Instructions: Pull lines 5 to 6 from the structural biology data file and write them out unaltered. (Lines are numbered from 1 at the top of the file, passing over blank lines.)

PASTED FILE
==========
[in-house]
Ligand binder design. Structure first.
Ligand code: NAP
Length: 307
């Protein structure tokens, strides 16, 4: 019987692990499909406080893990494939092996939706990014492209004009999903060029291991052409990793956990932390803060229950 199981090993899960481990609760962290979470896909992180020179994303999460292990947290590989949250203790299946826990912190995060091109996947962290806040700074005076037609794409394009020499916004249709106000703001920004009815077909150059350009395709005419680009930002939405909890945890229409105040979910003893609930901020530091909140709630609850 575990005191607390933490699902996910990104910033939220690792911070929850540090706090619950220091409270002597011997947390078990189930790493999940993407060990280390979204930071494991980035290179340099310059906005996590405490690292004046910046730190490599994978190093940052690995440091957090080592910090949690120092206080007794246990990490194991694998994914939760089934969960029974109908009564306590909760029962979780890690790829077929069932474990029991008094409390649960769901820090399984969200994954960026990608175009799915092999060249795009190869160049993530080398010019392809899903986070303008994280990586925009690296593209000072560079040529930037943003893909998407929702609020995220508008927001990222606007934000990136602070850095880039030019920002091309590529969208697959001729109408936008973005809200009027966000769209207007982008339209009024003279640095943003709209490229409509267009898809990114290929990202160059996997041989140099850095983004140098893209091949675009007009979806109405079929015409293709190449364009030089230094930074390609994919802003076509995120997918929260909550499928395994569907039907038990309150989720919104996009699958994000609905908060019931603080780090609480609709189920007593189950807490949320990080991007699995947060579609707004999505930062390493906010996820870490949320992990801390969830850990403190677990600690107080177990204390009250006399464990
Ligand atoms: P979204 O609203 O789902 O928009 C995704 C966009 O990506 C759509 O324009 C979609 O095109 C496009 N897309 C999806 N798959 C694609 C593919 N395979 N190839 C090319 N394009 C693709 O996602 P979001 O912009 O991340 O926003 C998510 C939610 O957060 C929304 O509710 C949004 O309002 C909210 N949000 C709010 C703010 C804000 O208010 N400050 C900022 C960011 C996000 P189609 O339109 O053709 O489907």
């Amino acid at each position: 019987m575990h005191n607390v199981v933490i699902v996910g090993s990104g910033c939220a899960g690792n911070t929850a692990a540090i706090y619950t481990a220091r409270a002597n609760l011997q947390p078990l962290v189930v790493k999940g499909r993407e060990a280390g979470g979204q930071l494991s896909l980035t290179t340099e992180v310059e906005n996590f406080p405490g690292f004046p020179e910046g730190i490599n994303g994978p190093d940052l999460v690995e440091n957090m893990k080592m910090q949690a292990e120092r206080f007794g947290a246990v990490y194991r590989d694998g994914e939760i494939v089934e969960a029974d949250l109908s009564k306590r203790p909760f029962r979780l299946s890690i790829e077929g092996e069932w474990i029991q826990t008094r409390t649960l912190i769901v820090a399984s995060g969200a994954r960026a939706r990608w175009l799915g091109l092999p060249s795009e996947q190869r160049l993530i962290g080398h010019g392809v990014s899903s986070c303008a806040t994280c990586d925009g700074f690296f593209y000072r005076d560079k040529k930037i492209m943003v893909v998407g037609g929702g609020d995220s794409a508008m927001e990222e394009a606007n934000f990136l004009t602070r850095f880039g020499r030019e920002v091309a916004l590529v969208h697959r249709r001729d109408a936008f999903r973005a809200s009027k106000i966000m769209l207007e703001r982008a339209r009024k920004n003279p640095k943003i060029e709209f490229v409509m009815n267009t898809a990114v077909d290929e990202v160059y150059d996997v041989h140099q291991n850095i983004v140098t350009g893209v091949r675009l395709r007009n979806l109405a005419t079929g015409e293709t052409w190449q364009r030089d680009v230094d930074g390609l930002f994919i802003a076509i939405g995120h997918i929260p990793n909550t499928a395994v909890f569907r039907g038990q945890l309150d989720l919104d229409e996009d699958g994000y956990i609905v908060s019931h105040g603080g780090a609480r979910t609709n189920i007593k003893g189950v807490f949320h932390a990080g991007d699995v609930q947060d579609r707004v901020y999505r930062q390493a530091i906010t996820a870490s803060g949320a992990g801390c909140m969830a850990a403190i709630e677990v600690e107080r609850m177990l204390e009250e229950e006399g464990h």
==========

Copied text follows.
């Protein structure tokens, strides 16, 4: 019987692990499909406080893990494939092996939706990014492209004009999903060029291991052409990793956990932390803060229950 199981090993899960481990609760962290979470896909992180020179994303999460292990947290590989949250203790299946826990912190995060091109996947962290806040700074005076037609794409394009020499916004249709106000703001920004009815077909150059350009395709005419680009930002939405909890945890229409105040979910003893609930901020530091909140709630609850 575990005191607390933490699902996910990104910033939220690792911070929850540090706090619950220091409270002597011997947390078990189930790493999940993407060990280390979204930071494991980035290179340099310059906005996590405490690292004046910046730190490599994978190093940052690995440091957090080592910090949690120092206080007794246990990490194991694998994914939760089934969960029974109908009564306590909760029962979780890690790829077929069932474990029991008094409390649960769901820090399984969200994954960026990608175009799915092999060249795009190869160049993530080398010019392809899903986070303008994280990586925009690296593209000072560079040529930037943003893909998407929702609020995220508008927001990222606007934000990136602070850095880039030019920002091309590529969208697959001729109408936008973005809200009027966000769209207007982008339209009024003279640095943003709209490229409509267009898809990114290929990202160059996997041989140099850095983004140098893209091949675009007009979806109405079929015409293709190449364009030089230094930074390609994919802003076509995120997918929260909550499928395994569907039907038990309150989720919104996009699958994000609905908060019931603080780090609480609709189920007593189950807490949320990080991007699995947060579609707004999505930062390493906010996820870490949320992990801390969830850990403190677990600690107080177990204390009250006399464990
Ligand atoms: P979204 O609203 O789902 O928009 C995704 C966009 O990506 C759509 O324009 C979609 O095109 C496009 N897309 C999806 N798959 C694609 C593919 N395979 N190839 C090319 N394009 C693709 O996602 P979001 O912009 O991340 O926003 C998510 C939610 O957060 C929304 O509710 C949004 O309002 C909210 N949000 C709010 C703010 C804000 O208010 N400050 C900022 C960011 C996000 P189609 O339109 O053709 O489907």